When Mr Leon Yeow, 26, graduated three years ago with a business degree, he did not expect to find himself handling IT issues at a digital marketing firm one day.
He joined Design Prodigy last September as a digital analyst, after working in sales and tax consultancy. While he had no IT experience or qualifications, he read up on his own and colleagues helped to vet his work at the start.
Mr Yeow is glad that his boss appreciated his other qualities. "The company wasn't looking for academic qualifications but for qualities that mainstream education can't quantify, like fluid intelligence and the ability to look at problems from a wider perspective," he said.
Others are also looking beyond education - a Manpower Ministry report released yesterday found that for four in 10 vacancies for professionals, managers, executives and technicians (PMETs) last year, academic qualifications were not the main consideration in hiring.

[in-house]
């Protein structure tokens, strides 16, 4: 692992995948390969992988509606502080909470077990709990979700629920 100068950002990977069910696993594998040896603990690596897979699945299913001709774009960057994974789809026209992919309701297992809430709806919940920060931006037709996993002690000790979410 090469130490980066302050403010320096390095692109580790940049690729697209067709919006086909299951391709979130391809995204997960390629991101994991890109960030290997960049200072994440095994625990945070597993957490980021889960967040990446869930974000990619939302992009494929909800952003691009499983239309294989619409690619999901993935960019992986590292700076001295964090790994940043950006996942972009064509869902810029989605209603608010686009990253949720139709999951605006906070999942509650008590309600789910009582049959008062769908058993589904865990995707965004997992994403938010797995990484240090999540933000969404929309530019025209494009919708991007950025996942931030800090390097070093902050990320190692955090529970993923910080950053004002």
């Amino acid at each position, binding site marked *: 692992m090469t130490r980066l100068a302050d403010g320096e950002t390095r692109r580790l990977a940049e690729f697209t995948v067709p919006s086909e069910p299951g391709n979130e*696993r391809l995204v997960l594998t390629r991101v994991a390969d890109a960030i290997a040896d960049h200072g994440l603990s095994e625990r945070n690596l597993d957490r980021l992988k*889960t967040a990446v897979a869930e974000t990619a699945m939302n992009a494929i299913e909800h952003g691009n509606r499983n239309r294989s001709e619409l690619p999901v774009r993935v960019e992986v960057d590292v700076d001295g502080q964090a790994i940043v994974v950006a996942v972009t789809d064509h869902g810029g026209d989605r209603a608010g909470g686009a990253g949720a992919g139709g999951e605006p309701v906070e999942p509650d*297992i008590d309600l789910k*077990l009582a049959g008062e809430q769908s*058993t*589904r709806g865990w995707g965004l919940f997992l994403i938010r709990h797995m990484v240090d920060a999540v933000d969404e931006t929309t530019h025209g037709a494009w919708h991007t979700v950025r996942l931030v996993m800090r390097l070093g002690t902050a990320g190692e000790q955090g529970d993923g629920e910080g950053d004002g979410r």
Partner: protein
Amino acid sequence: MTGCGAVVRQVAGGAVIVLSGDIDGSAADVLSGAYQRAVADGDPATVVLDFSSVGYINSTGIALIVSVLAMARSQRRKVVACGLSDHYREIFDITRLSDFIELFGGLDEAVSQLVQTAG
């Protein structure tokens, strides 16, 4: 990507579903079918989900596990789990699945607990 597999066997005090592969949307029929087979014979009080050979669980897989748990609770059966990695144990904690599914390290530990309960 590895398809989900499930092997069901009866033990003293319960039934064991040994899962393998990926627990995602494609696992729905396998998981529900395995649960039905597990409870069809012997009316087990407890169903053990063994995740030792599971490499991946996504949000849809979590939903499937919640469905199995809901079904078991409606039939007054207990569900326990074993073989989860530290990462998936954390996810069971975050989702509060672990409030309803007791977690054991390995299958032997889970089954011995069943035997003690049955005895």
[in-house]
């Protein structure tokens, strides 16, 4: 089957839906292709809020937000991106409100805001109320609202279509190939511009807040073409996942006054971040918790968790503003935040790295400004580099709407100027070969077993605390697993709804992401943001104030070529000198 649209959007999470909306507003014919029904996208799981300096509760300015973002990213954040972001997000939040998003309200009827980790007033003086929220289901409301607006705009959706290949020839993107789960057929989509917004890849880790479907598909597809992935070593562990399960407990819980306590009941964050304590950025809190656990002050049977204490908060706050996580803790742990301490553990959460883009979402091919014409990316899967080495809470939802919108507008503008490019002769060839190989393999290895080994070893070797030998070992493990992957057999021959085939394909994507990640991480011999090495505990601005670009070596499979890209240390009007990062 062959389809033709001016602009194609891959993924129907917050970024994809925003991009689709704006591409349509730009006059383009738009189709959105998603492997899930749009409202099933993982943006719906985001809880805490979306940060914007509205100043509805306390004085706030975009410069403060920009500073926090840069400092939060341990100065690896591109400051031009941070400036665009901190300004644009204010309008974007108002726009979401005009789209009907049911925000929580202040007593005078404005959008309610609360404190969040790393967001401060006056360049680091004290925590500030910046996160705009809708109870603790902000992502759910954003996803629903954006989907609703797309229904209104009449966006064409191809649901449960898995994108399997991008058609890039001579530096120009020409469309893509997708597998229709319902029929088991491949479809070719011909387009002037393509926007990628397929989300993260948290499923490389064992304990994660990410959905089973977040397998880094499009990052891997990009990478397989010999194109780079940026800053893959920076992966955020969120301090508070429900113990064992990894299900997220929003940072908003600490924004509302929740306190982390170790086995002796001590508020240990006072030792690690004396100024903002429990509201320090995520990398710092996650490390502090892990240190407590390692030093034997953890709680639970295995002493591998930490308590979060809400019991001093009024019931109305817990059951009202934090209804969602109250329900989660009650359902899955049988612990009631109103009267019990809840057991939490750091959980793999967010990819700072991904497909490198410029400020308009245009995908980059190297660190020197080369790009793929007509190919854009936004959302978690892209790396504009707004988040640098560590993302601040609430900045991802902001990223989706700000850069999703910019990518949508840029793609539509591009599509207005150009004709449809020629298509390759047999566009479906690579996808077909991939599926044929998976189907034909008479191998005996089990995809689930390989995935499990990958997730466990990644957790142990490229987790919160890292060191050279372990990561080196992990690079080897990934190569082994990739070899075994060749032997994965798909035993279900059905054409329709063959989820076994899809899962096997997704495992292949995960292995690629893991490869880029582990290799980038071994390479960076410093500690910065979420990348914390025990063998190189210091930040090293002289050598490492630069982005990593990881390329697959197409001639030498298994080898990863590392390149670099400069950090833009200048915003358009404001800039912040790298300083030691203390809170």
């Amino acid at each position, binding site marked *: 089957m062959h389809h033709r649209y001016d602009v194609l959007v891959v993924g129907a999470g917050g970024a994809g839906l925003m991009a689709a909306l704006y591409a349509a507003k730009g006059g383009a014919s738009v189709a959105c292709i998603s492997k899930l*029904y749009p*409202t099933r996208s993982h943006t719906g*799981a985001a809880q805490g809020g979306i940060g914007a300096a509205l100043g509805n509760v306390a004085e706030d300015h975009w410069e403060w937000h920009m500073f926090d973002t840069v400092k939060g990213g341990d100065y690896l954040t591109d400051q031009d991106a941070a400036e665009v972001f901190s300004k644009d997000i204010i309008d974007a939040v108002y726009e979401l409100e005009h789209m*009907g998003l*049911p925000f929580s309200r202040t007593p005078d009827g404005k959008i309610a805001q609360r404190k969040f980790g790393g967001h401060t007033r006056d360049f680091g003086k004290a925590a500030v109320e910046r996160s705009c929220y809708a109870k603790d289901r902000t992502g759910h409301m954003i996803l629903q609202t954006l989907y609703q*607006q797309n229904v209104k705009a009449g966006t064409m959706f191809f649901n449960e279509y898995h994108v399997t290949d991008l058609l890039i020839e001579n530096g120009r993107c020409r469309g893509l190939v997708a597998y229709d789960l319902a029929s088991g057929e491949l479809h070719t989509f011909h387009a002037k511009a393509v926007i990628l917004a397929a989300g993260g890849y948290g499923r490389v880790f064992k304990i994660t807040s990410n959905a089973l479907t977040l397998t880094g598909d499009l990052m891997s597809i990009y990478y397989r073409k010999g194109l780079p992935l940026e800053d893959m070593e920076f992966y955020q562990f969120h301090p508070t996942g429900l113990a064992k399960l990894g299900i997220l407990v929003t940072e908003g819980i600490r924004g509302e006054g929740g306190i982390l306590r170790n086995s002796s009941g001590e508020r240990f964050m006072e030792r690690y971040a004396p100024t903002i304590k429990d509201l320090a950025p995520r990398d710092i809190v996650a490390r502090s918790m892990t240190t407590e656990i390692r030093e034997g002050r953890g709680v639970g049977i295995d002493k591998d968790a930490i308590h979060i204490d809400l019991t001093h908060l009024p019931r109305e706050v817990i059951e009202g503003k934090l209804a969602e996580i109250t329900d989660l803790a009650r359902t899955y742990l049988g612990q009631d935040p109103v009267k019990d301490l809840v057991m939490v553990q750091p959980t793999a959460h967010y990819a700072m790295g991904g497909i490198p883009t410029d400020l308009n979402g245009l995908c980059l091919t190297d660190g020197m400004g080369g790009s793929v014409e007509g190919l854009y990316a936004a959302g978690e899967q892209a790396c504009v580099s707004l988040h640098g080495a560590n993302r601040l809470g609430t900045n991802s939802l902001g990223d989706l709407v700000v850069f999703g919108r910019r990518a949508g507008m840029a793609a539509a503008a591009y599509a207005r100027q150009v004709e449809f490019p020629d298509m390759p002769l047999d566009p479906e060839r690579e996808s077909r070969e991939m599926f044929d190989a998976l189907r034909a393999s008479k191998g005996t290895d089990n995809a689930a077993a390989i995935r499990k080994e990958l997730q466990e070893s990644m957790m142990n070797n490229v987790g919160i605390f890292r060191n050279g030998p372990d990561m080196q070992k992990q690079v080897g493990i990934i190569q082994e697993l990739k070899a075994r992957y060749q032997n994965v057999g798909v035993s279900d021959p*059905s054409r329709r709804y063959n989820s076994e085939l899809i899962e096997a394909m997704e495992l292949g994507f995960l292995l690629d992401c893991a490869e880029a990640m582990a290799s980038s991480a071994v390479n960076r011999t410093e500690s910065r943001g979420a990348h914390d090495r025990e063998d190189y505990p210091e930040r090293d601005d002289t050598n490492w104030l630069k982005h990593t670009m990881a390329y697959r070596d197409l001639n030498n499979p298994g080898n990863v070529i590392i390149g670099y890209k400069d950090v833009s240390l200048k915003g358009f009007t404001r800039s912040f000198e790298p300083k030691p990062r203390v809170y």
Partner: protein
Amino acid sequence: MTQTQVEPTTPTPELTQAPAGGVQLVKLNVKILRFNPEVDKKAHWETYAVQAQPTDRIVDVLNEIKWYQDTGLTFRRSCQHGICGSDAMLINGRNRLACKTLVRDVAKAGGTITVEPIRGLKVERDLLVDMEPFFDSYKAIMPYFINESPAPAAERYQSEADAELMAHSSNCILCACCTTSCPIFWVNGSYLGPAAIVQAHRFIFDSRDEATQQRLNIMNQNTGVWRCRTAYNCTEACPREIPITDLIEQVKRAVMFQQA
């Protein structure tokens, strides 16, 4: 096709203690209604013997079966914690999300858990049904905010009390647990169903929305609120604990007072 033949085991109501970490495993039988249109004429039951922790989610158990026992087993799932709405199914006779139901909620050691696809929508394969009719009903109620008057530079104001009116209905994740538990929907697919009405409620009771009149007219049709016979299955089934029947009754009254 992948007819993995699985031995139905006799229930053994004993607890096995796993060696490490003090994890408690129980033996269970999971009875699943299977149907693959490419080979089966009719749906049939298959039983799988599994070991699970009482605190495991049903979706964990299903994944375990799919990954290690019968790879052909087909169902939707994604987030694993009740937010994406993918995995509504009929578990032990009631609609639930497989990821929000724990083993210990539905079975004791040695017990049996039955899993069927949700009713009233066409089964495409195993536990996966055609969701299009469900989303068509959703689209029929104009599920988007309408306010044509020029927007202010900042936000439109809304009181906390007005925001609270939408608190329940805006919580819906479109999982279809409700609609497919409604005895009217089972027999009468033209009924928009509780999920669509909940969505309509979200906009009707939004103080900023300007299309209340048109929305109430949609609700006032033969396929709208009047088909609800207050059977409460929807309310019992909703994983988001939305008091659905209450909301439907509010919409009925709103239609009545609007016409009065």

The ministry included this measurement in its survey for the first time to monitor changes in employers' mindsets, said a spokesman.
National Trades Union Congress assistant secretary-general Patrick Tay said the survey finding was an encouraging starting point.
While the tighter labour market may also be a factor, employers also realise they can no longer get "plug and play" candidates with all the necessary knowledge, he said. "As long as you get people with the right attitude and mindset, I am sure you can help them pick up the skills."
For Design Prodigy founder Marc Goh, hiring people from fields like economics and mathematics, then training them, helps him get around the shortage of local talent in the software development and marketing technology fields.
He said: "Anyway, for the type of talent we need, it is no longer just about skills but cognitive abilities like imagination and experience."
Mr Goh, who has seven staff now, said it is hard to compete for top IT talent with big overseas firms that can pay workers several thousand dollars more than small firms here.
A junior marketing technologist - someone who operates software and codes - would earn around $4,000 at a small firm, he added.
Recruitment firms like Adecco Personnel (Singapore) said employers are focusing less on paper qualifications and more on soft skills and technical knowledge when hiring.
Kelly Services Singapore managing director and country head Foo See Yang said soft skills can help employers "assess cultural fit and suitability for the job" .